What other Supreme Court cases govern religion in schools?
In addition to prayer cases, the Supreme Court has consistently ruled
that religion does not belong in schools:
McCollum v. Board of Education, 333 U.S. 203, 212, 1948. Struck down
religious instruction in public schools.
Epperson v. Arkansas 393 U.S. 97, 104 (1968). Struck down a law
forbidding public schools to teach the science of evolution.
Lemon v. Kurtzman, 403 U.S. 602, 612 (1971). Propounded a guiding
principle for determining constitutionality of many practices. To pass
constitutional muster, a statute or practice must 1) have a secular
purpose, 2) its principal or primary effect must neither advance nor
inhibit religion, and 3) it must not foster excessive government
entanglement. If a practice violates any of those three requirements,
it is unconstitutional.
Stone v. Graham, 449 U.S. 39 (1980). Ruled that a statute requiring the
posting of the Ten Commandments in public classrooms is
Wallace v. Jaffree, 472 U.S. 38, 72 (1985). Ruled unconstitutional a
law authorizing a daily "period of silence not to exceed one minute ...
for meditation or daily prayer."
Two other cases which the Court chose to affirm by not taking on appeal
are also significant:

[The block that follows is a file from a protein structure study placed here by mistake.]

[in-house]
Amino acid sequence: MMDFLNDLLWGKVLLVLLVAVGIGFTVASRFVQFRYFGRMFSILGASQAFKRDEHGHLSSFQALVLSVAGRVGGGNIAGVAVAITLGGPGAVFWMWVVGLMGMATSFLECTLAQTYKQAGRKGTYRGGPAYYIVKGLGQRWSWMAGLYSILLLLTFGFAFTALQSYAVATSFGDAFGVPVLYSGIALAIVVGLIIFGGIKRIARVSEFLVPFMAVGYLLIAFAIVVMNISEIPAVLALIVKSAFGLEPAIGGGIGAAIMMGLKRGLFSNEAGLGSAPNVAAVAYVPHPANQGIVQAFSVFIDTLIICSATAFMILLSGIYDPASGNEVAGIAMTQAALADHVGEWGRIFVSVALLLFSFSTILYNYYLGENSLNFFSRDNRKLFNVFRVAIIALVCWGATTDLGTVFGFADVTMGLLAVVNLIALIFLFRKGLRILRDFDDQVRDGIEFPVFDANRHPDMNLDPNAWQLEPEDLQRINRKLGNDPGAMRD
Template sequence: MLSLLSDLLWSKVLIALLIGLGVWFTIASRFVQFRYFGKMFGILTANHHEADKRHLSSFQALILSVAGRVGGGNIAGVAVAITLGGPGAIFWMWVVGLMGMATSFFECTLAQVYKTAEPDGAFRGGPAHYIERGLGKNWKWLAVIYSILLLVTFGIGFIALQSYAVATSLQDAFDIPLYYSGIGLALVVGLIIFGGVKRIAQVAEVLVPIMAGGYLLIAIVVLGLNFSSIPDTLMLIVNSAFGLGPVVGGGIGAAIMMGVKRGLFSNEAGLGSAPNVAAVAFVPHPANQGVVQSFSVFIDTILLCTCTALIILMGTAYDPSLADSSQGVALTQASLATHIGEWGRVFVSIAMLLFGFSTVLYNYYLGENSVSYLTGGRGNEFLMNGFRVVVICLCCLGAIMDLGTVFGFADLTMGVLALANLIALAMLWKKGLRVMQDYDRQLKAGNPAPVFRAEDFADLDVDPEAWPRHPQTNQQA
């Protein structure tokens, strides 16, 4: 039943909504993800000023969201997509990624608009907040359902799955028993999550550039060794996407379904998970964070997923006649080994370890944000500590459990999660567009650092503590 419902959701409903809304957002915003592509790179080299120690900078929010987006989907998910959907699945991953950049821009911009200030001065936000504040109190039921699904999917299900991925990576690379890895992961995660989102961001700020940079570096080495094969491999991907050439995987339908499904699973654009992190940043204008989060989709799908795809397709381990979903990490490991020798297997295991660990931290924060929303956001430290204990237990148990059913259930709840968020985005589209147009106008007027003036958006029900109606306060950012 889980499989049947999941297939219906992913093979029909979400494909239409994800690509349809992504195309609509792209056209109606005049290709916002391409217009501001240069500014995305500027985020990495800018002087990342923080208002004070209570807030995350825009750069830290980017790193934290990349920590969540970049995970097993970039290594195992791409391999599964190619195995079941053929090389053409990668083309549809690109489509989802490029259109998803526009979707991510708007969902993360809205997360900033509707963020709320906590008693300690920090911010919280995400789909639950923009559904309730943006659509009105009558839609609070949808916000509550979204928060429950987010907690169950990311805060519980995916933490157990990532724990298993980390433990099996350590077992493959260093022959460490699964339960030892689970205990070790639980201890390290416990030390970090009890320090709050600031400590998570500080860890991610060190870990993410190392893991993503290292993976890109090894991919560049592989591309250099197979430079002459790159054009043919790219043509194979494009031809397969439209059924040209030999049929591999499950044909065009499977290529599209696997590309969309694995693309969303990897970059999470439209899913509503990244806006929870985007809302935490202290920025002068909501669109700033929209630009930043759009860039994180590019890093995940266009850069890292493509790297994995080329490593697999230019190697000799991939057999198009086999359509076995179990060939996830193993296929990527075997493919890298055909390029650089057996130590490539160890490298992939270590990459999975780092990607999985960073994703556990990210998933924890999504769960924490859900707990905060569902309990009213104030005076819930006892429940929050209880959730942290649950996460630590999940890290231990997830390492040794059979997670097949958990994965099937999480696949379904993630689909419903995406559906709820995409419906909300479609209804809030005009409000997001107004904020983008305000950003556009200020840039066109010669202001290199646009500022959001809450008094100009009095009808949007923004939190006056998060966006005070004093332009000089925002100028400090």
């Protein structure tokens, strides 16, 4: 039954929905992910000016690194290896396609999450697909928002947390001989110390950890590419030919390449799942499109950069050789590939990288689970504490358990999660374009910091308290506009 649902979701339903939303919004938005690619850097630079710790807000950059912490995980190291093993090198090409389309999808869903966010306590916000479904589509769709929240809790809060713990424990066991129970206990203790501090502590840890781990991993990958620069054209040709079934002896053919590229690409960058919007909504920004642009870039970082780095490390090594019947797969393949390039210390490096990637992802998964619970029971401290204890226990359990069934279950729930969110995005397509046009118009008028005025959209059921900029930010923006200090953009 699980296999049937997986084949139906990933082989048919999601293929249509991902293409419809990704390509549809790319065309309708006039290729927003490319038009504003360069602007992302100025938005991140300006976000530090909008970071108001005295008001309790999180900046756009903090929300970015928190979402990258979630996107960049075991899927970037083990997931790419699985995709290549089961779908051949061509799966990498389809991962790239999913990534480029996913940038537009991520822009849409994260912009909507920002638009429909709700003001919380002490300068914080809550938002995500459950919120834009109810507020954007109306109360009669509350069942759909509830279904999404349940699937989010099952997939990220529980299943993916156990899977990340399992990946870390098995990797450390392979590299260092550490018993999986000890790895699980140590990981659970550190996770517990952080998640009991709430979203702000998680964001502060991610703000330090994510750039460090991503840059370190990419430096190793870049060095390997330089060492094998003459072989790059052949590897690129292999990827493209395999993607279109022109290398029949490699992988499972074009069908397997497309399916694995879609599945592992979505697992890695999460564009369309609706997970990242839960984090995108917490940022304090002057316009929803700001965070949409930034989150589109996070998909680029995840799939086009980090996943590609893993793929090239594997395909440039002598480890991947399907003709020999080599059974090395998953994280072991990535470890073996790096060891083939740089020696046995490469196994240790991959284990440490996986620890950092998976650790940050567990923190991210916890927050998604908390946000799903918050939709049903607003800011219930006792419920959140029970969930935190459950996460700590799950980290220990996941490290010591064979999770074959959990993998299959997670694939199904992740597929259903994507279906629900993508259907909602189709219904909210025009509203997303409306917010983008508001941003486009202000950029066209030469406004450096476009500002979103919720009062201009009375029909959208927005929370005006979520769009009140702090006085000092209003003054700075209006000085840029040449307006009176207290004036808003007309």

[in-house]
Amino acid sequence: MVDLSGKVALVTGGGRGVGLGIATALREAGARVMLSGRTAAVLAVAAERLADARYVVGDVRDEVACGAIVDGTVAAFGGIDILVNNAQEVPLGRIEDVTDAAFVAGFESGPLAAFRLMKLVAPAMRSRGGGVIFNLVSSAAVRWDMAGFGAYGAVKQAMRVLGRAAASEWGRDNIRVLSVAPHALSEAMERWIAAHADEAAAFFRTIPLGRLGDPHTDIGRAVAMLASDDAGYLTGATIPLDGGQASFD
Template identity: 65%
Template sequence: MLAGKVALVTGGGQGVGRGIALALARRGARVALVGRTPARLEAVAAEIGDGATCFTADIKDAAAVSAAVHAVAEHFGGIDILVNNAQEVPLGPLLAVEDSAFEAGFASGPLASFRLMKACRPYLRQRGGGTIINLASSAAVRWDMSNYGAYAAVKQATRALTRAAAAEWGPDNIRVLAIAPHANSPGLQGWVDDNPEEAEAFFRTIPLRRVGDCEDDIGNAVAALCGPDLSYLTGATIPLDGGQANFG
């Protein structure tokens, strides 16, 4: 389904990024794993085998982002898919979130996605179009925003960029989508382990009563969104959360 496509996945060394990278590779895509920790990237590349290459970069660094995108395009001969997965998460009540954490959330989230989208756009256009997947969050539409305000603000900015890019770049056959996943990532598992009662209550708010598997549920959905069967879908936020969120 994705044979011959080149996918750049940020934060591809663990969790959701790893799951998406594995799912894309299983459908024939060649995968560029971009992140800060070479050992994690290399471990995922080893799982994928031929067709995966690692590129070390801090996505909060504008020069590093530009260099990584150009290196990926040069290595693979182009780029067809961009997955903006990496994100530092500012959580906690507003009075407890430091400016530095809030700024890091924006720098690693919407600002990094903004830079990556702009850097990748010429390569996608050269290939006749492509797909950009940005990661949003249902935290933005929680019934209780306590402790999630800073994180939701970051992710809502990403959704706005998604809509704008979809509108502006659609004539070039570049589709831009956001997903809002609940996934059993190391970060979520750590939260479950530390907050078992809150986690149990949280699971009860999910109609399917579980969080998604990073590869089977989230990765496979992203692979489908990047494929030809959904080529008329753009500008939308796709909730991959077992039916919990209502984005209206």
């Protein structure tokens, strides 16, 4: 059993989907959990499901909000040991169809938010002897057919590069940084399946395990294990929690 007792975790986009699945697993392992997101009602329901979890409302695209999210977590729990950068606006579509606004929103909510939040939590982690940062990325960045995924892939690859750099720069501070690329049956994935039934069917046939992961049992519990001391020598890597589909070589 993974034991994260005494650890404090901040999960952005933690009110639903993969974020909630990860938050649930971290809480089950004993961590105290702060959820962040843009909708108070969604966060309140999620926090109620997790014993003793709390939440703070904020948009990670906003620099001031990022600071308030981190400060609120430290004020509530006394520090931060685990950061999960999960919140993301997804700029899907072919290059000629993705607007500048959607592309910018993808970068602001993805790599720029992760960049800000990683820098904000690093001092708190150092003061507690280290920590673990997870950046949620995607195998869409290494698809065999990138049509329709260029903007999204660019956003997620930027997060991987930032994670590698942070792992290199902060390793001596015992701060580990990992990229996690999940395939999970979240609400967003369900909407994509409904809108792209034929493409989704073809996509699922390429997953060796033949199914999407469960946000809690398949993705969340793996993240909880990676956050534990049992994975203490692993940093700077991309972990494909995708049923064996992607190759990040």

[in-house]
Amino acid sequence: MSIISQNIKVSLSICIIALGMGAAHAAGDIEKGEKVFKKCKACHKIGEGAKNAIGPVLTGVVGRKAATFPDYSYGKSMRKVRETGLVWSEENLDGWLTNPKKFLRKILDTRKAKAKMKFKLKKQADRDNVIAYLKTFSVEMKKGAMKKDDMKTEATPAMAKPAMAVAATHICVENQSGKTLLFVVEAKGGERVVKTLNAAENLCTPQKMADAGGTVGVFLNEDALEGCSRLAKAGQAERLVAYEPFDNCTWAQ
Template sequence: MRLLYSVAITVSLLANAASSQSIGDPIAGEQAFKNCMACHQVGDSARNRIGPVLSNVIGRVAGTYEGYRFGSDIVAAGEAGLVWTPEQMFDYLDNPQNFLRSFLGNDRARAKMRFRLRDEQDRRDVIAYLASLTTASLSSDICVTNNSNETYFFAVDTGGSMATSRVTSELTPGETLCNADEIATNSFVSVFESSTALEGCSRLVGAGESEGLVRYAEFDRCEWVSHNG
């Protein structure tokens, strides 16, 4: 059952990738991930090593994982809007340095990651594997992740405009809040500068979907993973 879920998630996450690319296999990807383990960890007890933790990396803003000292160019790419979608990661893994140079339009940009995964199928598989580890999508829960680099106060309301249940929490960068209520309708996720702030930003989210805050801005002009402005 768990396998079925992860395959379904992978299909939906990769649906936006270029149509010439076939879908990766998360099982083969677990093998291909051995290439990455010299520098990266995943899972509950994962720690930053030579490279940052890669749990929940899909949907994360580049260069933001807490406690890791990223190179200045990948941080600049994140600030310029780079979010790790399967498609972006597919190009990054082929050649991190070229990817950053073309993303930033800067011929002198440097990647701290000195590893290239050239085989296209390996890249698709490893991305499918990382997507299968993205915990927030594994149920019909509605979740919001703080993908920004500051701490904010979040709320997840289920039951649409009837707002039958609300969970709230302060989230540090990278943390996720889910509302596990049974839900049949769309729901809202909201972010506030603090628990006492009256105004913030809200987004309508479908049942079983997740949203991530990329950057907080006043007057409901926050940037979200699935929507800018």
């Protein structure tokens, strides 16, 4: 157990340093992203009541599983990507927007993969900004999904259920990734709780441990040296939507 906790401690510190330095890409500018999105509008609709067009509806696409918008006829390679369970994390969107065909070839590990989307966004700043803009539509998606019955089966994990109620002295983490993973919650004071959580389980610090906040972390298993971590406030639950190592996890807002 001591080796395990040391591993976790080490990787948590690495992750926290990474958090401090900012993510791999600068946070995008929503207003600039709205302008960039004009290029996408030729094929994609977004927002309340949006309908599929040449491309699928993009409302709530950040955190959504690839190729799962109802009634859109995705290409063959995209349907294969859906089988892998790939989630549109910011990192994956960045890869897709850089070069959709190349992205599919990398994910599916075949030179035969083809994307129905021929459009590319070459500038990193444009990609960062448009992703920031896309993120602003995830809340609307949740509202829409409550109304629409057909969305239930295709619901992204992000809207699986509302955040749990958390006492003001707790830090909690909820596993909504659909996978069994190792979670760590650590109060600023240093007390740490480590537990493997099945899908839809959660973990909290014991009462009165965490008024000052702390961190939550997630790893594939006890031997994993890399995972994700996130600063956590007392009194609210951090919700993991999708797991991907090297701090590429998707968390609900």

Tudor v. Board of Education of Rutherford, 14 N.J. 31 (1953), cert.
denied 348 U.S. 816 (1954). By refusing to review it, affirmed a lower
court, ruling the practice of allowing volunteers to distribute free
copies of the Gideon Bible at public schools was a violation. In
January, 1993, the 7th Circuit Court of Appeals in Chicago ruled that
distribution of Gideon Bibles to schoolchildren in an Indiana school is
Douglas County School District and Bd. of Education v. Jager (1989).
Let stand a lower court decision in Georgia that pre-game invocations
at high-school football games are unconstitutional, by refusing to
review an appeal.
Distributed by FFRF, Inc., PO Box 750, Madison WI 53701 (608) 256-8900
This article is reprinted (with permission) from the April
1993 issue of Freethought Today, bulletin of the Freedom
From Religion Foundation.
For more information, write or call
Freedom From Religion Foundation
P. O. Box 750
Madison, WI 53701